The cinema is a visual medium, and one of the most lavish of these visual artists is Gregg Araki. But Araki is a genre artist - his works categorized under New Queer Cinema; his theme centers on youthful angst, sexual ambivalence and, on the whole, testosterone-charged motives.
I am particularly pleased that Araki has a new movie because I have always considered Araki as one of the most visually arresting film makers: his images succulent and colorful; his characters teeter between libidinous experimentations and his scenes are always highly charged, one can't help but be transfixed. "Ka-boom" isn't his most cohesive work, but it is an adequate representative to the director's body of work.
Our protagonist is 18 year old Smith (Thomas Dekker) whose androgenic charm easily coasts along with his sexual identity which he labels as "undeclared". True enough, Smith, whose sexual appetite rivals that of a rabbit in heat, gets it on with guys as easily as he does it with girls, to the exasperation of his lesbian girlfriend Stella (Haley Bennett) who's having trouble with a possessive girl friend - who may be a vengeful witch!
The story turns even more bizarre when Smith meets a couple of girls he has been seeing in his dreams. One of whom is constantly being chased by a group of animal masked men. Or are they mere psychedelic side effects of his pill popping ways?
The narrative gets more peculiar as several pieces of the puzzle begin to reveal, and it's easy to brush off the story as "silly". But there's one undeniable thing about Araki's latest film: it's never boring! You may slap your thigh as the credits roll; you may scratch your head and sigh, but you won't be able to treat it as a static narrative. This, after all, if you haven't realized it yet, is a science fiction.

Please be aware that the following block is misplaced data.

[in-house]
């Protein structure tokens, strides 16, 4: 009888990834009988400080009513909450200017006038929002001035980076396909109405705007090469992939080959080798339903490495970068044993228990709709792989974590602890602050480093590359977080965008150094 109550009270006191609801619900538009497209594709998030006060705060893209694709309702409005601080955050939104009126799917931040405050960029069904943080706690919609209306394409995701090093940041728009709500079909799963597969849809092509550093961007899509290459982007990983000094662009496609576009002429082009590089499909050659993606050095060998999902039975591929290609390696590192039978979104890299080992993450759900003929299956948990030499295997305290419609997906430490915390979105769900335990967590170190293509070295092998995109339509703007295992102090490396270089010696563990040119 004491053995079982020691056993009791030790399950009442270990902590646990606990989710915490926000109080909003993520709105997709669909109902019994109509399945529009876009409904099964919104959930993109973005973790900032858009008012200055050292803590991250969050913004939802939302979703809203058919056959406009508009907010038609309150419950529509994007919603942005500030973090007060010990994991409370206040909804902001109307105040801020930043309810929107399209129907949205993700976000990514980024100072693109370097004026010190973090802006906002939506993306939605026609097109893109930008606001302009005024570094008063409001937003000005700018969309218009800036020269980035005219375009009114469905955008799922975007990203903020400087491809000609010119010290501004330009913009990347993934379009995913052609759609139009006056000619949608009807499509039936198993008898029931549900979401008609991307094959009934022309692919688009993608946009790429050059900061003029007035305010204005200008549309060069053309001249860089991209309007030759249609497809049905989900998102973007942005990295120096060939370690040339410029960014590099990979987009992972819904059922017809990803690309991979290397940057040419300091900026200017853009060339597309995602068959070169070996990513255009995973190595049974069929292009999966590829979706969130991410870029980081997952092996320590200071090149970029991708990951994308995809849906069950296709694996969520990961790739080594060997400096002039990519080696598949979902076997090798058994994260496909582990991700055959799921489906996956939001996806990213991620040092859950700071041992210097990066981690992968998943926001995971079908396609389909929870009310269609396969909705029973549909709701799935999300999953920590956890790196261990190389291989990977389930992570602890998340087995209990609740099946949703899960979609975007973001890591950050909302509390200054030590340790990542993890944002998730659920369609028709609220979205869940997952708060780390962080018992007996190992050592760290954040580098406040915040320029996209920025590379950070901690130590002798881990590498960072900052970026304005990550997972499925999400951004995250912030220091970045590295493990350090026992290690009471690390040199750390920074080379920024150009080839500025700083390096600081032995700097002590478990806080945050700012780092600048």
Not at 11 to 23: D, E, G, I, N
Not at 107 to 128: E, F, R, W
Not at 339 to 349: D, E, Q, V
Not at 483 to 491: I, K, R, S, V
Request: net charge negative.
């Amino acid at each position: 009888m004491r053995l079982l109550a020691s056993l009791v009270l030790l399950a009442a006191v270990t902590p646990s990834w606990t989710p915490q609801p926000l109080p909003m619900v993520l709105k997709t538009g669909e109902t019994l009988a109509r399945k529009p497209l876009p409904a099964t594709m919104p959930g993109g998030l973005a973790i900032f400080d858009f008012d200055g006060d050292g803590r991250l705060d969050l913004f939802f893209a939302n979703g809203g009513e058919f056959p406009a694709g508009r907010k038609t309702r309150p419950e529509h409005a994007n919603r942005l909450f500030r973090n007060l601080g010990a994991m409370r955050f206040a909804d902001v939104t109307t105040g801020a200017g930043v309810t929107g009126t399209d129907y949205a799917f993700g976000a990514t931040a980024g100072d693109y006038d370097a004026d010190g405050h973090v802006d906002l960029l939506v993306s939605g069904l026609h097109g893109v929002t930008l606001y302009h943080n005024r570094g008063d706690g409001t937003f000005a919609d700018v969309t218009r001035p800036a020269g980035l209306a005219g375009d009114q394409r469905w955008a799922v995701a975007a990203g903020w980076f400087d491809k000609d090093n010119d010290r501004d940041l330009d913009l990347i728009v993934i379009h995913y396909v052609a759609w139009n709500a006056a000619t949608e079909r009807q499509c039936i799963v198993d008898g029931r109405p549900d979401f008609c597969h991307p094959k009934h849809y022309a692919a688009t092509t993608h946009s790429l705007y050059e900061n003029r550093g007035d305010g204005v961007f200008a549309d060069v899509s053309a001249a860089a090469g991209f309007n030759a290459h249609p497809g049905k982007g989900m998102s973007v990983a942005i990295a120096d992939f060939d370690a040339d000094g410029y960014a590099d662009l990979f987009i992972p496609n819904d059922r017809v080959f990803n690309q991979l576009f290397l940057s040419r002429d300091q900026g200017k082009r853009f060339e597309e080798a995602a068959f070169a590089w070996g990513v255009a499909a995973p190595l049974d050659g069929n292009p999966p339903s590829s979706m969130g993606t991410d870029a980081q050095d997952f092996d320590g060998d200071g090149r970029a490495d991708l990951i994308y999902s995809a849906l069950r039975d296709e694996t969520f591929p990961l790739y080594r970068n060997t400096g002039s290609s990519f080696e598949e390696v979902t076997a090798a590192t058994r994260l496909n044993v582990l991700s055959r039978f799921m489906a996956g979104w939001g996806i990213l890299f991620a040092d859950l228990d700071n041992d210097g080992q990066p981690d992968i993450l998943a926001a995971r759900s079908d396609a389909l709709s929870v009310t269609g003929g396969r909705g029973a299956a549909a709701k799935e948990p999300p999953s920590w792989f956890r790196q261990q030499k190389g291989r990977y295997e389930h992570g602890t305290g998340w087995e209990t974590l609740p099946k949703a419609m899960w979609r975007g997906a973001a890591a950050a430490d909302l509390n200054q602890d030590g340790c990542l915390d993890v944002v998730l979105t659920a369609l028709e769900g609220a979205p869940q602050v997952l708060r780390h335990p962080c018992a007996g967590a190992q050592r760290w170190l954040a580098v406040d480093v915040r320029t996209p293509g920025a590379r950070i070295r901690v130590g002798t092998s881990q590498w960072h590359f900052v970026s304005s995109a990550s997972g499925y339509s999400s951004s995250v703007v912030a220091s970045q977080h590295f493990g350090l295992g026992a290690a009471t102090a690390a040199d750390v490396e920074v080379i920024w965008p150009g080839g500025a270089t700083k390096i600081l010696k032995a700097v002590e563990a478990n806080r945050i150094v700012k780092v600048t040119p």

Like most Araki films, the director populates his movies with some of the "most beautiful men" to grace the screen; they get to disrobe frequently and engage in sexual cotillion with a gazillion partners. Dekker is a captivating lead although his "undeclared" sexual preference is a bit confounding, and at times dubious. But as I have mentioned before, there is nothing like a Gregg Araki film... unless you've already forgotten Joseph Gordon-Levitt's breakthrough film, "Mysterious Skin".
Gregg Araki's films are characterized by enthusiastic sexual activity from a generally young and beautiful (sexually ambiguous) cast. His male cast is particularly well selected and his cinematic images pulsate with youthful verve.
Here are some of Gregg Araki's Men in "Ka-Boom" (including one of his favorite actors from his earlier films, James Duval):
Andy Fischer-Price is Rex, Thor's best buddy. Will he take the "bait" that would have him do threesome with London (pretty blond Juno Temple) and Smith?
The cast with director Gregg Araki (3rd from right) in Cannes. The movie won the first "Queer Palm D'Or" Award.
Gregg Araki in action - he even used some footages from Luis Bunuel's "Un Chien Andalou" to highlight the "experimentality" of his work. "Ka-Boom" is largely experimental; a fusion of sci-fi satire and suspense sex comedy - and that's a "lot" of hypens!